Related Artists:VADDER, Lodewijk de
Flemish painter (b. 1605, Bruxelles, d. 1655, Bruxelles)
Flemish painter, draughtsman, engraver and tapestry designer. He was received as a master in the Brussels Guild of St Luke on 15 May 1628, probably, like his brother Hubert de Vadder, after an apprenticeship to his elder brother, Philippe de Vadder (Coeckelberghs). Lodewijk is best known as a landscape painter, although he also executed landscape engravings and drawings. He was granted a privilege to make tapestry cartoons by the Brussels city magistrate in 1644. In this capacity he worked mainly for weavers such as Jean Courdijn and Baudouin van Beveren. The latter referred to him as the best landscape painter in the countryGuy Rose
Guy Rose Galleries
Guy Rose (3 March 1867?C17 November 1925) was an American Impressionist painter who is recognized as one of California's top impressionist painters of the late 19th and early 20th centuries.
Guy Orlando Rose was born March 3, 1867 in San Gabriel, California. He was the seventh child of Leonard John Rose and Amanda Jones Rose.
His father was a prominent California senator. He and his wife raised their large family on an expansive Southern California ranch and vineyard?? the San Gabriel Valley town of Rosemead bears the family name. In 1876 young Guy Rose was accidentally shot in the face during a hunting trip with his brothers. While recuperating he began to sketch and use watercolors and oil paints. He graduated from Los Angeles High School in 1884 and moved to San Francisco where he did his art training at the California School of Design.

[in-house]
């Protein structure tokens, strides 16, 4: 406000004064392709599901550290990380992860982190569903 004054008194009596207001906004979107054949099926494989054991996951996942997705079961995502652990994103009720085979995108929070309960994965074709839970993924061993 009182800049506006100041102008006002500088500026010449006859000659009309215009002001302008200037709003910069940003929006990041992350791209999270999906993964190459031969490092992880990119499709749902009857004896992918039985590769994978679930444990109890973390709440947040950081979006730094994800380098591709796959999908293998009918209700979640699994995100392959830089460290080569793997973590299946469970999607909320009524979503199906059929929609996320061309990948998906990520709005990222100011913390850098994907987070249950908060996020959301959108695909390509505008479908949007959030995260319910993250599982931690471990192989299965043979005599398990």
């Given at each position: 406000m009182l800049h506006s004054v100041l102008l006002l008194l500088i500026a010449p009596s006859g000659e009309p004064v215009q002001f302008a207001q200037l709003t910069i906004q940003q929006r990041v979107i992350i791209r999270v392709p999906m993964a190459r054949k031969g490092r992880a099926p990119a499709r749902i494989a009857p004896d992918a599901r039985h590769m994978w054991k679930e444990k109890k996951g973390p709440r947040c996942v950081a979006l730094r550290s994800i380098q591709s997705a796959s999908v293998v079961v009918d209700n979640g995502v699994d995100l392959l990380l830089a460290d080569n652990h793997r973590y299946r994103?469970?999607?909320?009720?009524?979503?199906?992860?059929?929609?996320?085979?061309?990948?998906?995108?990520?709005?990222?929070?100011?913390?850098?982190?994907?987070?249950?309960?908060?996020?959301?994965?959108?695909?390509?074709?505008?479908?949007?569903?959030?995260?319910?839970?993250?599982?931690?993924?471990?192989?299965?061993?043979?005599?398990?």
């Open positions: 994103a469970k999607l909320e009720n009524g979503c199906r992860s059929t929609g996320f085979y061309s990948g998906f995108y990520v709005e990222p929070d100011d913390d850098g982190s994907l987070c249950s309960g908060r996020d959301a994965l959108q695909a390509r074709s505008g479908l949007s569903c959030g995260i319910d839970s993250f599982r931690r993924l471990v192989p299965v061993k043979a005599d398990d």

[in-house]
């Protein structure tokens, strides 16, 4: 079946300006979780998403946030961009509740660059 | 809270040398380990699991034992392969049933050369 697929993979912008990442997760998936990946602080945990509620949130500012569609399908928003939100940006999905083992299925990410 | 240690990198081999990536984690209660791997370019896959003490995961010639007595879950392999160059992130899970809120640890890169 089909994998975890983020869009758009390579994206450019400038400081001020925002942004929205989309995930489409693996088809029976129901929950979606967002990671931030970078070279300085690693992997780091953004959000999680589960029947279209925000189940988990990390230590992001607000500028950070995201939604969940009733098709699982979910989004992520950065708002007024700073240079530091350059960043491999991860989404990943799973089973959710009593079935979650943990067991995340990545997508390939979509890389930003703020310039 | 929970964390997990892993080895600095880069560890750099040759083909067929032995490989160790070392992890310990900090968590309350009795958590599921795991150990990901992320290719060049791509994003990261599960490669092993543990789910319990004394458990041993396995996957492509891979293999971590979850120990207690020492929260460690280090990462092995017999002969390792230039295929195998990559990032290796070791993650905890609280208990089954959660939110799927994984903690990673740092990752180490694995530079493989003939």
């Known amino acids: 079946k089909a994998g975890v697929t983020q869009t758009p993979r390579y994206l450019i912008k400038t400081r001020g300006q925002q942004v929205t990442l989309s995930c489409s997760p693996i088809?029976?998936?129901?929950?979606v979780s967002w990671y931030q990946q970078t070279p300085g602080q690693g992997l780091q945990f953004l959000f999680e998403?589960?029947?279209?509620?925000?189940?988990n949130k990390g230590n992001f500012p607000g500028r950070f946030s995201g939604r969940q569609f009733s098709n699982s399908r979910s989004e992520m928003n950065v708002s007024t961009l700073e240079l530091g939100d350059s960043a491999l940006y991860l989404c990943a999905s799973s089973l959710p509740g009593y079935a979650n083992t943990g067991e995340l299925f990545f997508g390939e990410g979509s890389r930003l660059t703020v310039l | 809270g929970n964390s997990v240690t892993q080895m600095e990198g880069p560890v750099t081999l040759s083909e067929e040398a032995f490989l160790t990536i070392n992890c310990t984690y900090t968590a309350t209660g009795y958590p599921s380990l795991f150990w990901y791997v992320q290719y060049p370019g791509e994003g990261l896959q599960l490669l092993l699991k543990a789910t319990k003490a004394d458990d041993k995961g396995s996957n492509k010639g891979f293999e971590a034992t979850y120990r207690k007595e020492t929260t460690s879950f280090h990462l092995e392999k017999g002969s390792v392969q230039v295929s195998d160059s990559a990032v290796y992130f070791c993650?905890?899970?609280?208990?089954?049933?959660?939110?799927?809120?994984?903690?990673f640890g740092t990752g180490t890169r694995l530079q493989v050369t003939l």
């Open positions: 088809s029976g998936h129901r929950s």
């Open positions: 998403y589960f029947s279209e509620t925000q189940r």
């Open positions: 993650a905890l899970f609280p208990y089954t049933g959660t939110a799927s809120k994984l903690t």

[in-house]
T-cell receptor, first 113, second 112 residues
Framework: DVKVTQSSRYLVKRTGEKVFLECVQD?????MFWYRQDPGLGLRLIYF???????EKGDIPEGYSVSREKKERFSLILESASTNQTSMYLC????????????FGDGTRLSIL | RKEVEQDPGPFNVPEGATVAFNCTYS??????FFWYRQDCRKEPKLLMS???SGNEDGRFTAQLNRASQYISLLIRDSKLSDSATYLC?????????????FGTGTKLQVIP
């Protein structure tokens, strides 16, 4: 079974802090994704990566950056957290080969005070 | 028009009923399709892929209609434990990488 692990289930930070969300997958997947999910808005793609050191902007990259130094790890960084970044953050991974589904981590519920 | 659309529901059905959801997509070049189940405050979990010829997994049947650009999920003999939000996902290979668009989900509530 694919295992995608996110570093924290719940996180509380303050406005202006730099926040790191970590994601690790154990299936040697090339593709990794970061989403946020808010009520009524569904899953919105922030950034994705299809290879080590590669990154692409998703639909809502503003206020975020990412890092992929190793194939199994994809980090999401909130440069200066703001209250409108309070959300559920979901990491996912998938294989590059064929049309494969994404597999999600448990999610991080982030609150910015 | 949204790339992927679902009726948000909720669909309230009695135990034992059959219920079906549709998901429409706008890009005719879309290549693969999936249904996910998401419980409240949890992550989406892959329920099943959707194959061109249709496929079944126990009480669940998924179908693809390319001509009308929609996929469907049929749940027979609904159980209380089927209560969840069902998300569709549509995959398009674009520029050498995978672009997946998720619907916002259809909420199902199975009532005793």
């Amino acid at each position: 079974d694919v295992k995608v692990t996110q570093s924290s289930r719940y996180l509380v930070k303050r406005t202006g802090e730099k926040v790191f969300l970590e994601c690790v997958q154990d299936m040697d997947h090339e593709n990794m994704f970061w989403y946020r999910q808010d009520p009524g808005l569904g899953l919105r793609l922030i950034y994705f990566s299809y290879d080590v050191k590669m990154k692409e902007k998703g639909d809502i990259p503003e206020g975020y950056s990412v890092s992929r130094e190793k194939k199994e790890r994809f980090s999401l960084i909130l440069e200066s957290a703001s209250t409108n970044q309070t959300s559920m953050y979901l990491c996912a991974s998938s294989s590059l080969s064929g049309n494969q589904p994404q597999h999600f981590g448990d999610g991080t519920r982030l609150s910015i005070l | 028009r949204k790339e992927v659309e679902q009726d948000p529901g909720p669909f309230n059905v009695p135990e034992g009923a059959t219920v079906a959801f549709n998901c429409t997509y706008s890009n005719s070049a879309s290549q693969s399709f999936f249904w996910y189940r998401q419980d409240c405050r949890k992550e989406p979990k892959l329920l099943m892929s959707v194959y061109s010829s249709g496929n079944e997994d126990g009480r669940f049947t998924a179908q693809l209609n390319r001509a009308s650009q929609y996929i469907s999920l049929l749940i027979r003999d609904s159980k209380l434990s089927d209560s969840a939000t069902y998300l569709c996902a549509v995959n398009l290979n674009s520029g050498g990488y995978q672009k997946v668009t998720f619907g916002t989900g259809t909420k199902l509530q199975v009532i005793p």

In September 12, 1888, Rose enrolled at the Academie Julian in Paris and studied with Benjamin-Constant, Jules Lefebvre, Lucien Doucet and Jean-Paul Laurens while in Paris. In 1888-89, he won a scholarship at the Academie Delacluse. He met fellow students Frank Vincent and Frederick Melville at the Academie Julian -- Frank Vincent and Guy Rose were to remain lifelong friends.
Rose lived New York, New York in the 1890s and illustrated for "Harper's," "Scribners," and "Century". Choosing to return to France in 1899, he and his wife Ethel Rose bought a cottage at Giverny. In 1900 he resided in Paris and spent the winter in Briska, Algeria where he painted three known paintings. From 1904 to 1912 husband and wife lived in Giverny and his works from this period show the influence of "the master" Claude Monet, who became his friend and mentor.
In 1913-1914 the Roses summered in and held an outdoor sketching school at Narragansett, Rhode Island. Suffering on and off again from the effects of lead poisoning, Rose and his wife moved permanently to Los Angeles, California in 1914.
In Los Angeles, Guy Rose taught and served as Director of the Stickney Memorial School of Art in Pasadena. In 1921 he suffered a debilitating stroke that left him paralyzed. Guy Rose died in Pasadena, California on November 17, 1925. In 1926 the Stendahl Gallery held a memorial exhibition of his works.peter breughel the elder
the proverb of the bird-nester. 1568
vienna kunsthistorisches museum.